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RJ Lipton conjectures a link between group growth theory and complexity theory. Group growth theory has undergone rapid advance in the last decade and has many surface similarities/ parallels with complexity theory. (of course there are other deep known links between TCS/ group theory.)

has anyone seen a link between group growth theory and complexity theory? eg have any complexity class separations been found expressible in this framework, etc?

(eg conceivably there could be an intermediate link via boolean circuits etc.)

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    $\begingroup$ Some more intuition why one should expect a connection would be nice. I am not really finding the conjecture you are claiming in the blog post either. Can you be more specific about which part of the post you are referring to? $\endgroup$ – Sasho Nikolov Feb 21 '15 at 23:45
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    $\begingroup$ Actually results on growth in groups help in proving that certain Cayley graphs expand, and Cayley graphs provide a large class of the known explicit constructions of expander families. Explicit expander families of course have many applications in computer science and complexity theory. $\endgroup$ – Sasho Nikolov Feb 22 '15 at 4:30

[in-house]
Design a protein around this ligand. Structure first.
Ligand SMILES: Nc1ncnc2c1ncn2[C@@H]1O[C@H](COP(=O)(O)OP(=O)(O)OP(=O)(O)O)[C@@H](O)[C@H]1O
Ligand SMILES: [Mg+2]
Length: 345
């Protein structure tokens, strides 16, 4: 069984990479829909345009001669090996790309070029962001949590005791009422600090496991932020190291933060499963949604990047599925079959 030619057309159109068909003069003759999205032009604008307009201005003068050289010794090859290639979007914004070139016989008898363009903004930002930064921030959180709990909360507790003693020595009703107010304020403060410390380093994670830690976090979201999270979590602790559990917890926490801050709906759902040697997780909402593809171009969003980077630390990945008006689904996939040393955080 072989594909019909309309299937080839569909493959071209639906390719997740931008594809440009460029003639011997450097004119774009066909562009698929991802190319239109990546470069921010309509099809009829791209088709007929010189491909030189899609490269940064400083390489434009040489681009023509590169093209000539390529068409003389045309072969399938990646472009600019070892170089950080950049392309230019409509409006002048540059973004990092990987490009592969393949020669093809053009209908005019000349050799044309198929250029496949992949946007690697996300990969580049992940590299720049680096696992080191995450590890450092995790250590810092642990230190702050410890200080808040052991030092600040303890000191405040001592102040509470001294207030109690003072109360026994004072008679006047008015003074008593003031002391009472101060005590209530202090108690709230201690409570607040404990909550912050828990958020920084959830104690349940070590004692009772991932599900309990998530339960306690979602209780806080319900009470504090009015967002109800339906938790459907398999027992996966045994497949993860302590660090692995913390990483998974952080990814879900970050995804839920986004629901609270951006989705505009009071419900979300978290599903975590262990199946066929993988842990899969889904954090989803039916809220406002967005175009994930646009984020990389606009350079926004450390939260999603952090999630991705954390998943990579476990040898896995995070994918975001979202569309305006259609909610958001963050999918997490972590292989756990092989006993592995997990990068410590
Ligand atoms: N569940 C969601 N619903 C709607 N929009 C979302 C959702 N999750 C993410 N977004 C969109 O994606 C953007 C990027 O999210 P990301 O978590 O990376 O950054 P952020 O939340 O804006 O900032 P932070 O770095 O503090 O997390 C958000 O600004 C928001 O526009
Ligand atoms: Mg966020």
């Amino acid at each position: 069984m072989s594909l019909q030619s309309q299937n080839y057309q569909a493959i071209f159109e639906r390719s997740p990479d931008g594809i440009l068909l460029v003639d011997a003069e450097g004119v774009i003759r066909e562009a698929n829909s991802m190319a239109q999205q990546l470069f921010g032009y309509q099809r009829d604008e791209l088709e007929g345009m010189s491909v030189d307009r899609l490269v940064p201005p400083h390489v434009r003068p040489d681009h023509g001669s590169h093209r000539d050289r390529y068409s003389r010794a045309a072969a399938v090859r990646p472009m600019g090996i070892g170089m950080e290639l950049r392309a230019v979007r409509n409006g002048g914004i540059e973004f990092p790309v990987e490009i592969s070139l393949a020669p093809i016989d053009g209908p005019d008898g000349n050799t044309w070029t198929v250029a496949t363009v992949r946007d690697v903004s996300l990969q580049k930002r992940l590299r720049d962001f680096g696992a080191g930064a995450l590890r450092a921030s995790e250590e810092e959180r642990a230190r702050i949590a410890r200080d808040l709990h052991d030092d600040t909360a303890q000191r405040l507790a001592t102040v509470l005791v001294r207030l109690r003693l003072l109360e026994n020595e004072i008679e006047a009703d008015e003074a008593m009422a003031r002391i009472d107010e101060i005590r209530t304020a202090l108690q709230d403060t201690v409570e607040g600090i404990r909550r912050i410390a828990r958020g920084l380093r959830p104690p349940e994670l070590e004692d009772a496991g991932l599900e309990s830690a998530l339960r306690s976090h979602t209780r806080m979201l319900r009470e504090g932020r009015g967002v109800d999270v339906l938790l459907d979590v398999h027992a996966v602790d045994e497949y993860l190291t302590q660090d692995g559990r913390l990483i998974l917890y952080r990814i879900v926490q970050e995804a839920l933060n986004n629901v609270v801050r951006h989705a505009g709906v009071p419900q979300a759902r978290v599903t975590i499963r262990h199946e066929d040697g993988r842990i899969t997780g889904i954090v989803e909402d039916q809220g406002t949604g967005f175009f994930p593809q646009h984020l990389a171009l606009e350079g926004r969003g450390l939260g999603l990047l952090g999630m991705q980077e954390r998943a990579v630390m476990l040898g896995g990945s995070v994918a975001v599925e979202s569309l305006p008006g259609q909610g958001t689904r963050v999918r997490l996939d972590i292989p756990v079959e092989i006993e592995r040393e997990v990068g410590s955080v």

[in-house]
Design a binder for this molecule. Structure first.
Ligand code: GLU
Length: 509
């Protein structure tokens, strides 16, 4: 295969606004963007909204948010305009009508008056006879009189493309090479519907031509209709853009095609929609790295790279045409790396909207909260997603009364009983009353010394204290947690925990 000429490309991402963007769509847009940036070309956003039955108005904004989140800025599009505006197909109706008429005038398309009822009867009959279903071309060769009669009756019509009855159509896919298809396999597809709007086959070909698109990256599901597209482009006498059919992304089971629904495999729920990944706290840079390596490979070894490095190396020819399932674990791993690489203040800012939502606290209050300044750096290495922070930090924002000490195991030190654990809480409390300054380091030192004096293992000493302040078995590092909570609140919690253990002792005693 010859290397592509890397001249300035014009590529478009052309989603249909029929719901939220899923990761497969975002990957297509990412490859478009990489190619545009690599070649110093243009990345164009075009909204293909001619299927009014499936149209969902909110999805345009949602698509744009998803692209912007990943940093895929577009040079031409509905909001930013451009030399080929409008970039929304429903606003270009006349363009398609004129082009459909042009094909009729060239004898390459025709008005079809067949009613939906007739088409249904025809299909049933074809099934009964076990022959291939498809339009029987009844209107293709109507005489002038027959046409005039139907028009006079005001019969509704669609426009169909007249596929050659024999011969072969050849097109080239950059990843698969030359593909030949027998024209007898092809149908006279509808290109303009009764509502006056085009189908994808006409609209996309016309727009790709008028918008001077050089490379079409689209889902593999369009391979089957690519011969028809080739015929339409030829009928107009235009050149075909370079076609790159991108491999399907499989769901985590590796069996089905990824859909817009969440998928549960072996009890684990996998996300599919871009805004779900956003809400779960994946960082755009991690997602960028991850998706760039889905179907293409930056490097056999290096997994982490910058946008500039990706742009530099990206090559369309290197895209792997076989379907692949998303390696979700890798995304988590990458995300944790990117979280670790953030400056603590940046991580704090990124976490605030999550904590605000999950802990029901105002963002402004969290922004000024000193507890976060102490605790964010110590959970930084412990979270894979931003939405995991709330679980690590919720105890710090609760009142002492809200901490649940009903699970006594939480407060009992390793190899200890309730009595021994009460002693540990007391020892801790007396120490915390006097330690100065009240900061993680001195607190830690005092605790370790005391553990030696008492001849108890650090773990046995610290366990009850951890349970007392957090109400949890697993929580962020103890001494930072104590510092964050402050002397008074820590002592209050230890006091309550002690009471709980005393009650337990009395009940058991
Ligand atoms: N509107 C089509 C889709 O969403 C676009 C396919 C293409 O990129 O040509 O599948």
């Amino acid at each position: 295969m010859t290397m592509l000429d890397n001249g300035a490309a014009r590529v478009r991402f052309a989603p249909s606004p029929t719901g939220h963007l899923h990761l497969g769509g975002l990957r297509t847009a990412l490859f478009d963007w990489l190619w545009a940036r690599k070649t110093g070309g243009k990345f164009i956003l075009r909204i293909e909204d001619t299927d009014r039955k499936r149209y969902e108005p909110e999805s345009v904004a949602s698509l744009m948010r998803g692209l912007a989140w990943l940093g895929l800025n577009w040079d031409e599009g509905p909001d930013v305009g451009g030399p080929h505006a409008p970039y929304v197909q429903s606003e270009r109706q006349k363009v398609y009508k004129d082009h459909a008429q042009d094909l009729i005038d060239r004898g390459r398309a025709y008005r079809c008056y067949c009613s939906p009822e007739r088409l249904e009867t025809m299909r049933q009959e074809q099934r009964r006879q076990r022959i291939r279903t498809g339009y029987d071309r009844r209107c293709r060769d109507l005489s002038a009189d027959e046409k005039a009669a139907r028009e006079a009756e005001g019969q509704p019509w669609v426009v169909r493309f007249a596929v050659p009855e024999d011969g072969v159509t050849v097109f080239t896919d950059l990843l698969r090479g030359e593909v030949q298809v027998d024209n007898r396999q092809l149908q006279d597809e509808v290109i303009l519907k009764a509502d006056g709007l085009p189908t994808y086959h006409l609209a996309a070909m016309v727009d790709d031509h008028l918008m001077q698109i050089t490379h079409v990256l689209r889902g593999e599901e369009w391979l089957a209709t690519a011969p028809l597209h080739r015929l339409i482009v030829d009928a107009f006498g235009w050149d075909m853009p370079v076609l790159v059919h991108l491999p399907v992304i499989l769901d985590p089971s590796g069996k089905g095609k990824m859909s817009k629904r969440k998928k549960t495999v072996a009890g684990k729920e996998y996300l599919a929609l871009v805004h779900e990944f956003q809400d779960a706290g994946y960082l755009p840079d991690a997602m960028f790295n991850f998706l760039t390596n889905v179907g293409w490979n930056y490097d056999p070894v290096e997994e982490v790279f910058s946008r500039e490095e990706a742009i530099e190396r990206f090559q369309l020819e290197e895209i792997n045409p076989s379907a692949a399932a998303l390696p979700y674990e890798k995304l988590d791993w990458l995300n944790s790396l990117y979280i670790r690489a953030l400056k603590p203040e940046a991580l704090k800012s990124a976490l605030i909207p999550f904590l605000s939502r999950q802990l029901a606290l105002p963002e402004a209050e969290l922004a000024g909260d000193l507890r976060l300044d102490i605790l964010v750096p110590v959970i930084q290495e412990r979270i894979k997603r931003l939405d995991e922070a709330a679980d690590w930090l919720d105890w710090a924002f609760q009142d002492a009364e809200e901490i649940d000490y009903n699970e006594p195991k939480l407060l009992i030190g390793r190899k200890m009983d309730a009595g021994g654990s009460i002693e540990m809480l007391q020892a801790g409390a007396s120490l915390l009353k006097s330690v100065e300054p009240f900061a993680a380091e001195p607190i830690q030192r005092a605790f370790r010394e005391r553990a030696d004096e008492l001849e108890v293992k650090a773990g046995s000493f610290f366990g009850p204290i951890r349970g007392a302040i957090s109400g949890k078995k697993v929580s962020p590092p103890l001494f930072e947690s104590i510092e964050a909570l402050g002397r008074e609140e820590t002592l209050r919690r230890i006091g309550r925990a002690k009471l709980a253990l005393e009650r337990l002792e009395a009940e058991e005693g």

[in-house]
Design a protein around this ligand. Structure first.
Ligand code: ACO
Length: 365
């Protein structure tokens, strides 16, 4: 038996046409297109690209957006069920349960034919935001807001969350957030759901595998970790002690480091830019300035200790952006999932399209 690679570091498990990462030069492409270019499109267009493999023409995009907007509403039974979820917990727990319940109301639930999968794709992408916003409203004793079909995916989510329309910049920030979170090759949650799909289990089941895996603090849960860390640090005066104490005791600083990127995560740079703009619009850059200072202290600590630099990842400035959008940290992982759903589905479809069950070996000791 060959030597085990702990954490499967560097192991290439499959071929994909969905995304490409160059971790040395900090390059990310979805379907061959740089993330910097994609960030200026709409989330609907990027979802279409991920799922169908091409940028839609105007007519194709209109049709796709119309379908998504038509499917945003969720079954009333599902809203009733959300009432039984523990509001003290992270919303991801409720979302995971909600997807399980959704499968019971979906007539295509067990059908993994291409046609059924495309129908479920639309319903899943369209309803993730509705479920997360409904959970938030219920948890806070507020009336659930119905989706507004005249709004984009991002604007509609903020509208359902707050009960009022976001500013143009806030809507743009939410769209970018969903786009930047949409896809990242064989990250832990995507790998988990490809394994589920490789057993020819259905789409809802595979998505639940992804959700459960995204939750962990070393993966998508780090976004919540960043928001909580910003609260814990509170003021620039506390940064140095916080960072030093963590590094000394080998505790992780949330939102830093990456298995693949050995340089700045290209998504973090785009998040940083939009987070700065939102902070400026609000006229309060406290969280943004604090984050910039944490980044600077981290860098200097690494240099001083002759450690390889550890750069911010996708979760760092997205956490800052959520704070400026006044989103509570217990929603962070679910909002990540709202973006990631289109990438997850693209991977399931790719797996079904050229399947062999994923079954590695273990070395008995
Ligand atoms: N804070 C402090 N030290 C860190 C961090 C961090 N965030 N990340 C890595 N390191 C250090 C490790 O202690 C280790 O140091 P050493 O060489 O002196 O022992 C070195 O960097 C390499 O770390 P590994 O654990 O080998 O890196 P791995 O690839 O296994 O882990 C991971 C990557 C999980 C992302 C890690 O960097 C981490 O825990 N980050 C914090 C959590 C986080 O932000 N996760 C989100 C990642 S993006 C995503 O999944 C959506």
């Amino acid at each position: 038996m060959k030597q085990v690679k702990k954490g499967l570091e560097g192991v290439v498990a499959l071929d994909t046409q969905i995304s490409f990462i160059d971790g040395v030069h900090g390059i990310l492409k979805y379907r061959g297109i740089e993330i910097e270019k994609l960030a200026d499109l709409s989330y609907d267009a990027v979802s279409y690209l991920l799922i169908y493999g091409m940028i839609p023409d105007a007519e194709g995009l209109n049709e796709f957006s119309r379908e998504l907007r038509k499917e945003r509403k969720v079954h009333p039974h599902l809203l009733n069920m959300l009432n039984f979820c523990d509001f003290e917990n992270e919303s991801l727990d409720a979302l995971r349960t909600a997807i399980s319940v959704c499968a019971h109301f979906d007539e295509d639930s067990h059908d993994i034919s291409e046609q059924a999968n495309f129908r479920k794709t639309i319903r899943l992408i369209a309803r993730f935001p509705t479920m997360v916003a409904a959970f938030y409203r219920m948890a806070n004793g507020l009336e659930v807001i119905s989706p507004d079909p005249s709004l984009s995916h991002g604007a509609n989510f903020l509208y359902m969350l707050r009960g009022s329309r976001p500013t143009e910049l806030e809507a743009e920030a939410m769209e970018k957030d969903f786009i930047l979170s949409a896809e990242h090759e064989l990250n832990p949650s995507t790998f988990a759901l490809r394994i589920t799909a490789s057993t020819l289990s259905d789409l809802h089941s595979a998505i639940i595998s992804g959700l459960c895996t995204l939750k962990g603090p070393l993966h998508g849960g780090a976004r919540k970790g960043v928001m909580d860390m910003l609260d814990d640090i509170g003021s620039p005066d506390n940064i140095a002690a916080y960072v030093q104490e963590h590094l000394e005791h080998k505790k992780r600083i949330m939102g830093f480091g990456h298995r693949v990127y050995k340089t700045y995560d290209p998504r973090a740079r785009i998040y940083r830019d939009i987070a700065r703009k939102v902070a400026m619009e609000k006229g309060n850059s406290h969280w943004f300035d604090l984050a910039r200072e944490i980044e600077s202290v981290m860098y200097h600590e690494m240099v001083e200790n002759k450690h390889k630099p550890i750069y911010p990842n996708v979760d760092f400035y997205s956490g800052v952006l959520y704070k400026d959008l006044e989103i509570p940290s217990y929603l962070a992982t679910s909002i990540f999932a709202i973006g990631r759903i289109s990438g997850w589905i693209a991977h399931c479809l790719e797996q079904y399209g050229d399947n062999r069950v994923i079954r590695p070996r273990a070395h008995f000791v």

• $\begingroup$ like RJL see some basic similarities/ connections but didnt want to bias/ limit answers with preconceptions. drawing out the parallels is something closer to a research program & would take more than just a few sentences. another possible intermedate bridge between the two (besides circuits) is cellular automata. can sketch out/ expand at length more in Theoretical Computer Science Chat for anyone interested in following/ engaging with it more at length $\endgroup$ – vzn Feb 23 '15 at 16:47
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There has been some recent work in terms of characterizing automorphism groups of strongly regular graphs using asymptotic group theory (e.g. this paper), which (for many reasons) is likely very closely related to the complexity of algorithms on strongly regular graphs that use group-theoretic methods, although exploiting such properties algorithmically is still an open question.

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Maybe this is along the lines you are looking for: I wrote a blog post here explaining how you can use Gromov's theorem on groups of polynomial growth to show that non-uniform read once automata are no more powerful than linear time Turing machines for deciding word problems of groups.

The basic idea is that groups with non-uniform read once automata necessarily have polynomial growth (i.e., the number of elements with a word of length at most $r$ is $O(r^k)$ for some fixed $k$). By Gromov's theorem, this implies that the group is virtually nilpotent. There is work giving linear time algorithms for the word problems of such groups, so that's that.

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